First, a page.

Religious leaders representing tens of millions of Americans stood in the shadow of the U.S. Capitol to call religious communities of various traditions to a day of fasting and prayer to end the Iraq war. October 8th is the date chosen for the fast.
"We must return to the ancient disciplines so that we will turn away from violence toward reverence," said Rabbi Arthur Waskow, director of the Shalom Center, Philadelphia, to reporters gathered in front of the United Methodist Church office building on Maryland Avenue.
Represented at the news conference were leaders of Muslim, Jewish, Roman Catholic, Unitarian, and Baptist traditions. The Rev. Dr. Shanta Premawardhana, associate general secretary for interfaith relations at the National Council of Churches USA (NCC), and himself a Baptist, organized the news event.
Ancient practices were used at the news conference in the call to the nation. The ram's horn, or Jewish shofar, was sounded to "wake up" a nation. Ashes were placed on the leaders' foreheads as signs of repentance. A bell was tolled to call America's people of faith to join together on October 8 to fast from dawn to sunset, breaking the fast with their Muslim sisters and brothers.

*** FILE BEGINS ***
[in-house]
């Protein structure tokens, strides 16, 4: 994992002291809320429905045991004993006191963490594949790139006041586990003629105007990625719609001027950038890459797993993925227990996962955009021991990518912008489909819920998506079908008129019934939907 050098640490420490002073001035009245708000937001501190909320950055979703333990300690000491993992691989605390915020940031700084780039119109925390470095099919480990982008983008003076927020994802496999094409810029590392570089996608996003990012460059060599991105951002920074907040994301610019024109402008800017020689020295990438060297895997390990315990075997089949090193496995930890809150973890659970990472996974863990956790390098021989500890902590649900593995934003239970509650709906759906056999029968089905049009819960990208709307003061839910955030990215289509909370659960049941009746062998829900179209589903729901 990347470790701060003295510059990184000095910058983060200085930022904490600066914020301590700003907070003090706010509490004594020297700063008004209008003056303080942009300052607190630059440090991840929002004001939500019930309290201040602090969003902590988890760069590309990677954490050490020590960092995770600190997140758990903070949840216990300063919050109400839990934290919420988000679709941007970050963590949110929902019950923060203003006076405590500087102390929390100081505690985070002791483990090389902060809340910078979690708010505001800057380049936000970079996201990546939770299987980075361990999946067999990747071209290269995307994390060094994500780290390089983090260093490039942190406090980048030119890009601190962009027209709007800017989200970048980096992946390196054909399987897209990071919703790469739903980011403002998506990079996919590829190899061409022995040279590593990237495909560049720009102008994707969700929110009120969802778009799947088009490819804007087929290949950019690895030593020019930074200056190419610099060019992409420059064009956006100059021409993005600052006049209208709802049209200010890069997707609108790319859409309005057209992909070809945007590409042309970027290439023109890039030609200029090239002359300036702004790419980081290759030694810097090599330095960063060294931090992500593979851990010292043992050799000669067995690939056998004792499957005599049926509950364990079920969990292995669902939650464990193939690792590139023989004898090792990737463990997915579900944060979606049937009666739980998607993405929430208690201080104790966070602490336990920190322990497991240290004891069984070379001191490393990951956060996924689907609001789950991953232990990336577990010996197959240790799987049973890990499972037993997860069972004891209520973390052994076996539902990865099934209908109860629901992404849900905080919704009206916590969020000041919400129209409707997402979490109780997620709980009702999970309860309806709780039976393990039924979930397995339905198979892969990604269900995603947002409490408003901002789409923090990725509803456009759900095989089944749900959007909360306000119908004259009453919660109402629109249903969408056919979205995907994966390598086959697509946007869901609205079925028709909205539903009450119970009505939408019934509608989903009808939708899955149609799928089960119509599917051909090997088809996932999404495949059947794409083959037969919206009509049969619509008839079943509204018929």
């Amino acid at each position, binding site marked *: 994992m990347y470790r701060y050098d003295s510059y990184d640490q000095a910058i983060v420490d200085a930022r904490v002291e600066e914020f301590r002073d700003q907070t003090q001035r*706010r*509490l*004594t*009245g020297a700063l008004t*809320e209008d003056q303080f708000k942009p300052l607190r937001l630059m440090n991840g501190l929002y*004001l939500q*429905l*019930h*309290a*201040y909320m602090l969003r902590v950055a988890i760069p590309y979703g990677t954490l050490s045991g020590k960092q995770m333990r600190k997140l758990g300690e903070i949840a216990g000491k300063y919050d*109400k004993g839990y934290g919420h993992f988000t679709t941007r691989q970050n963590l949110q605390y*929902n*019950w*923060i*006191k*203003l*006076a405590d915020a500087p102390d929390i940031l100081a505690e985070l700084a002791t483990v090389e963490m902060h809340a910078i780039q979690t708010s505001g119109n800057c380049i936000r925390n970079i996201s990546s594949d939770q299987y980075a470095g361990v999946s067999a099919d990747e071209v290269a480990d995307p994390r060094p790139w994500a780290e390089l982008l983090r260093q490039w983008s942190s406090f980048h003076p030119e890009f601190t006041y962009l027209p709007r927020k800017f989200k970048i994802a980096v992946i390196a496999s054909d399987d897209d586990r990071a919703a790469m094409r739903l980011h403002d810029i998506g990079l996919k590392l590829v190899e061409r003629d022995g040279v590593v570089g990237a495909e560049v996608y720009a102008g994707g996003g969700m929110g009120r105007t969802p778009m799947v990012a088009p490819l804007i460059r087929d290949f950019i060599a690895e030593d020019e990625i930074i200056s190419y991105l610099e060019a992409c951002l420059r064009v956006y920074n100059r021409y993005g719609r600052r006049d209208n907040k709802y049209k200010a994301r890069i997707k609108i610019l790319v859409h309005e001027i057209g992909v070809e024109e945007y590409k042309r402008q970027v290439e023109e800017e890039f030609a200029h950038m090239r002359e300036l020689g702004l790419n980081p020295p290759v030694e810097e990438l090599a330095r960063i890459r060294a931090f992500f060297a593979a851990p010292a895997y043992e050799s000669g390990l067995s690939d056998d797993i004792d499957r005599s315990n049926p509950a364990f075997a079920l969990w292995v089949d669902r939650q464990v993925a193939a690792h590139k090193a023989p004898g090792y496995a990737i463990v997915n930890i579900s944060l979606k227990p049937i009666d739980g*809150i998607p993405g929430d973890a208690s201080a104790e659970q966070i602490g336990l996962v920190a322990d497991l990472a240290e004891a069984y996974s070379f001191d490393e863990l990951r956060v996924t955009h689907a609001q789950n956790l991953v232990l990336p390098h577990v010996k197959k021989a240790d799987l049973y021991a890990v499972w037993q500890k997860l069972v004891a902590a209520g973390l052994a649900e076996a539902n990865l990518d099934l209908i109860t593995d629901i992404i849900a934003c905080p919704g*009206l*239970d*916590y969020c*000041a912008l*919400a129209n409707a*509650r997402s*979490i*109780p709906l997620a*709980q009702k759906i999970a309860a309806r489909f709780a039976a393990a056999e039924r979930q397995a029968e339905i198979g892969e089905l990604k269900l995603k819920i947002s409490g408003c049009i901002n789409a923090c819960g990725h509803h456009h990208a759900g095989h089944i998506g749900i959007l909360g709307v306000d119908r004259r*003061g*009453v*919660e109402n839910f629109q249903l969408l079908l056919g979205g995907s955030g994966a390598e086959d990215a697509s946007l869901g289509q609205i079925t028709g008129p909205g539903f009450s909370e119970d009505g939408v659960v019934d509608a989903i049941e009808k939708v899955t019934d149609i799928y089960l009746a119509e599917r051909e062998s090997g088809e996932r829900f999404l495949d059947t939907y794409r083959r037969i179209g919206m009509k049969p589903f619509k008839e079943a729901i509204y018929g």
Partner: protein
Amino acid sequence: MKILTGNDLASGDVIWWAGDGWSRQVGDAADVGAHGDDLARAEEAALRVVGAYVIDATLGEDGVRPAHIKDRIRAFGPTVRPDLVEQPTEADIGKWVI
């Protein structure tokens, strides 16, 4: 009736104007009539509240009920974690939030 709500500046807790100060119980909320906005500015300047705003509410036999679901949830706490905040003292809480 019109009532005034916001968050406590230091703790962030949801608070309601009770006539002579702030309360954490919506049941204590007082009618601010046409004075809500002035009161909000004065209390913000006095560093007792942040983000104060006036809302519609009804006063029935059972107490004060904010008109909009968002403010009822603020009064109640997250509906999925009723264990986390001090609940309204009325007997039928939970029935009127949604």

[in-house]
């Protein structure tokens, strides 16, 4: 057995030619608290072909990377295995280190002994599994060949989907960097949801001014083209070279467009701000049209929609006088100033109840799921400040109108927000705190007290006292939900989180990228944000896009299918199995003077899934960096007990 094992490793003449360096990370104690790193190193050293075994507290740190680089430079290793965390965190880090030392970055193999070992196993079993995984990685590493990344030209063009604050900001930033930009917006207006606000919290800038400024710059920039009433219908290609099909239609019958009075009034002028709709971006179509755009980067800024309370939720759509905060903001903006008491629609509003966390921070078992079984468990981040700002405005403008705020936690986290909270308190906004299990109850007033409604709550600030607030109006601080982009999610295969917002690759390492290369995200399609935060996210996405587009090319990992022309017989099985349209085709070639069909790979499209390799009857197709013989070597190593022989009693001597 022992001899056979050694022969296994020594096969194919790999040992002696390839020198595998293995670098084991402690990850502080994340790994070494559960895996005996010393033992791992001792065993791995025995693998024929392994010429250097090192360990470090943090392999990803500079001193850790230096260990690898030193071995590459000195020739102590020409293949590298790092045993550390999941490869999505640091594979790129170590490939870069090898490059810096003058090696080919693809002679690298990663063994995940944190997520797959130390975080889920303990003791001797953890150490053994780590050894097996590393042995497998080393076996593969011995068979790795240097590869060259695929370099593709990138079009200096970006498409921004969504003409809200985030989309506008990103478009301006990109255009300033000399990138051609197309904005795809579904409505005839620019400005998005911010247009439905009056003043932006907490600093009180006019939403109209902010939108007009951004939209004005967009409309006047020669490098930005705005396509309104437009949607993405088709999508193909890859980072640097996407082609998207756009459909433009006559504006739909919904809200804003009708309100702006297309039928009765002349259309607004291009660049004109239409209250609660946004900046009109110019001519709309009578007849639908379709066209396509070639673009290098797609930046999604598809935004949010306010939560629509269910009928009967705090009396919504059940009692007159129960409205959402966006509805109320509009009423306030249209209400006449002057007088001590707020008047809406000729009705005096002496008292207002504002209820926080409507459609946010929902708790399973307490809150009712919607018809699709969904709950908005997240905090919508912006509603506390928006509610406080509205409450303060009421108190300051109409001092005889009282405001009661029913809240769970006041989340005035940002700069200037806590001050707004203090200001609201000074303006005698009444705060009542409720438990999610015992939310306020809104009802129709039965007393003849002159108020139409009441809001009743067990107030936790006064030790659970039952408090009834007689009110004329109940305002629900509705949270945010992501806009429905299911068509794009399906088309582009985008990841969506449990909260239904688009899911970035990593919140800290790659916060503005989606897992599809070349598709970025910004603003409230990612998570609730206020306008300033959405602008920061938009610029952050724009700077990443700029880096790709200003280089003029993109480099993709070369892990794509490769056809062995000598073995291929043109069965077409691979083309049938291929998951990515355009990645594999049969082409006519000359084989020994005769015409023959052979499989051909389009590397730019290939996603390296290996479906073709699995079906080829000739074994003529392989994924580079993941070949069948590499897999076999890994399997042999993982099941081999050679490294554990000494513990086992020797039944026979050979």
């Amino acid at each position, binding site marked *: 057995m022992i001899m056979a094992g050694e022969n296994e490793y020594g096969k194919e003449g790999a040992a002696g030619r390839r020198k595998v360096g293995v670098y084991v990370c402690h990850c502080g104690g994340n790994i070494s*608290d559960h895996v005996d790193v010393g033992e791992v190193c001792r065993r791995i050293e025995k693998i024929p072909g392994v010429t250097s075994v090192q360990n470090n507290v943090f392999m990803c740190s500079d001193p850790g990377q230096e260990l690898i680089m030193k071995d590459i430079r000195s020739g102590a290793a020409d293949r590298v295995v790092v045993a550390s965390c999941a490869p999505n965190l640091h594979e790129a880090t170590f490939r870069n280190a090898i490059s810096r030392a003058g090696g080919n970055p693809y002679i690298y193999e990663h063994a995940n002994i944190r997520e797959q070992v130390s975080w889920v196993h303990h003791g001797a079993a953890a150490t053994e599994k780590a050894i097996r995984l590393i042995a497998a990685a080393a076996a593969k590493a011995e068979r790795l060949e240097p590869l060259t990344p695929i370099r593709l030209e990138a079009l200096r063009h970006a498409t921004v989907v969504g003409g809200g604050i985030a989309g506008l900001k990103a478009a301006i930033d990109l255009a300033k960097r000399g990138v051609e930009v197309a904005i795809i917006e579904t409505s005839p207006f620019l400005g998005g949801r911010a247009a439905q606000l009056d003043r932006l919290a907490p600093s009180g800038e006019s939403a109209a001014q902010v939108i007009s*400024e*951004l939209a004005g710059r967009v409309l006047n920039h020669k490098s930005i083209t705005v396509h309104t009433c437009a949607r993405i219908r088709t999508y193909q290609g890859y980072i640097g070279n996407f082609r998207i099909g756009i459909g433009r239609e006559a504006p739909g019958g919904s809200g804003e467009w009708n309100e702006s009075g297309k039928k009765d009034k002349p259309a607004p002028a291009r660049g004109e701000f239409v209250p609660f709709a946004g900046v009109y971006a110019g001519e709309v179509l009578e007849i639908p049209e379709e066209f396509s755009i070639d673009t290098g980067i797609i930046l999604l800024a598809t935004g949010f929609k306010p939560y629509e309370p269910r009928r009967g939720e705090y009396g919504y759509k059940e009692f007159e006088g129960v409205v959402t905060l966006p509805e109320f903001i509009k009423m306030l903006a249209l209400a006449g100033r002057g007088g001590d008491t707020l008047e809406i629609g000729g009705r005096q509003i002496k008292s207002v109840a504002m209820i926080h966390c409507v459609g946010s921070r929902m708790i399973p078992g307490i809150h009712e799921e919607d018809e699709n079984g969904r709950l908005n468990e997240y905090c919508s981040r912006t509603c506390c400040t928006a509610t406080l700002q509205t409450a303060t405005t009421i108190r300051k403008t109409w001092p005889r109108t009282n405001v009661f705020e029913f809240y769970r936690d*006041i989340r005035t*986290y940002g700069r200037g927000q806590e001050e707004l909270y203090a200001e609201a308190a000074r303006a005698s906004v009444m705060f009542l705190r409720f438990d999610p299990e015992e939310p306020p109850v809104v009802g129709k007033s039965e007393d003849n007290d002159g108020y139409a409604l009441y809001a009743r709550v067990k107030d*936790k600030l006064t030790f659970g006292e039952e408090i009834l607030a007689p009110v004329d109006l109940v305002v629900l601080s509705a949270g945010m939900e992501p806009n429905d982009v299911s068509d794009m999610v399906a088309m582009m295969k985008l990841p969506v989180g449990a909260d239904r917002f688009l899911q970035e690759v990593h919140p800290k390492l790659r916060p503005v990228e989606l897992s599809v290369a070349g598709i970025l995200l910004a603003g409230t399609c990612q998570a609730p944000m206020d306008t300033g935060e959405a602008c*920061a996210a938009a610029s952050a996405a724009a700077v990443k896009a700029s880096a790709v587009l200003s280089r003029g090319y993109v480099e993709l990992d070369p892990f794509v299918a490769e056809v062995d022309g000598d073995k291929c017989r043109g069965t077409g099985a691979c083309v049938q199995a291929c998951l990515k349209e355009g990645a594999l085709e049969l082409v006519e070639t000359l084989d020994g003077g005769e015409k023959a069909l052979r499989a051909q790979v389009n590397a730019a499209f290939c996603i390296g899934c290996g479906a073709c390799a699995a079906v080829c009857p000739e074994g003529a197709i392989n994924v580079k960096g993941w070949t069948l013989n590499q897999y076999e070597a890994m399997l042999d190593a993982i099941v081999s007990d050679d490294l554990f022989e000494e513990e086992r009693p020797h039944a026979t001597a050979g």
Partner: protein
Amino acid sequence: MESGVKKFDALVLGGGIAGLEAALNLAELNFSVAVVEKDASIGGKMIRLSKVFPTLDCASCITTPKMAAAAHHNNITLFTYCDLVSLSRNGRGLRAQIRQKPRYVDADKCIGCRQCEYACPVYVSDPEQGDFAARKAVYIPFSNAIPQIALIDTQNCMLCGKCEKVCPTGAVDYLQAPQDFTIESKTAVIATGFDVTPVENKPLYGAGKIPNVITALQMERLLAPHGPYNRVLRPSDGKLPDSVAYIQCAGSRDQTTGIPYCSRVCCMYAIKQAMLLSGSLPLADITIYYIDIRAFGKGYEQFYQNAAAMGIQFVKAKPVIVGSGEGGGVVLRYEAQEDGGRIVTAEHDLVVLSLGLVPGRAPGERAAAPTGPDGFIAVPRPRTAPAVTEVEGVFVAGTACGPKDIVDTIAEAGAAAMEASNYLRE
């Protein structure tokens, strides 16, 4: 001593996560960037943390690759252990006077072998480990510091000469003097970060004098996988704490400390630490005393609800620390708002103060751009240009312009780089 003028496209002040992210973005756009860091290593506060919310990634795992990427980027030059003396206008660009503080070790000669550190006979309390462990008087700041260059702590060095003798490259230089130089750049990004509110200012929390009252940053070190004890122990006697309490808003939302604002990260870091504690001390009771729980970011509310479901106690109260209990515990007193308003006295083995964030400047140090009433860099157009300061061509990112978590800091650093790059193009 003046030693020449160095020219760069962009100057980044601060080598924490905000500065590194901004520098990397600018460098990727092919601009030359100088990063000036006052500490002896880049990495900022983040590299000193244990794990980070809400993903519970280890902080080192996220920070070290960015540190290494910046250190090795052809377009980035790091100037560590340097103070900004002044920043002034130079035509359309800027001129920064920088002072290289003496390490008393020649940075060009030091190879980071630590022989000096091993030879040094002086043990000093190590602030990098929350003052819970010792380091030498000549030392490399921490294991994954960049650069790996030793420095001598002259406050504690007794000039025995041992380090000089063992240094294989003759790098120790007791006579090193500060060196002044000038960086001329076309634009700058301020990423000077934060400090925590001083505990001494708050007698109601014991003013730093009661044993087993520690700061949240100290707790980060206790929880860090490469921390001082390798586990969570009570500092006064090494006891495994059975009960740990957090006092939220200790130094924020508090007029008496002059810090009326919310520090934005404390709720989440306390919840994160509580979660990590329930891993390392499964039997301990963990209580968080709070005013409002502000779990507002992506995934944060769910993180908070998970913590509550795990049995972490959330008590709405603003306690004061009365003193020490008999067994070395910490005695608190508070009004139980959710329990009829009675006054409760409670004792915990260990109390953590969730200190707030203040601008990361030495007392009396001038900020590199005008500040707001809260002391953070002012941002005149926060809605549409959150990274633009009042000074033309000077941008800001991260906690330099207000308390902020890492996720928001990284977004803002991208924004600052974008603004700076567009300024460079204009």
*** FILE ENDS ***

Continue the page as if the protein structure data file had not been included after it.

"When you are fasting for Ramadan, you are enhancing your sense of compassion," said Dr. Sayeed Syeed from the Islamic Society of North America. "We will be asking mosques to open their doors to people of other faiths around the world on October 8 for prayer and dialogue."
Dr. Syeed said the Islamic Center in nearby Sterling, Va., will open its doors to interfaith neighbours Oct. 8 to break the Ramadan fast together. Local religious groups are registering events at Interfaith Fast, a website managed by the Fellowship of Reconciliation.
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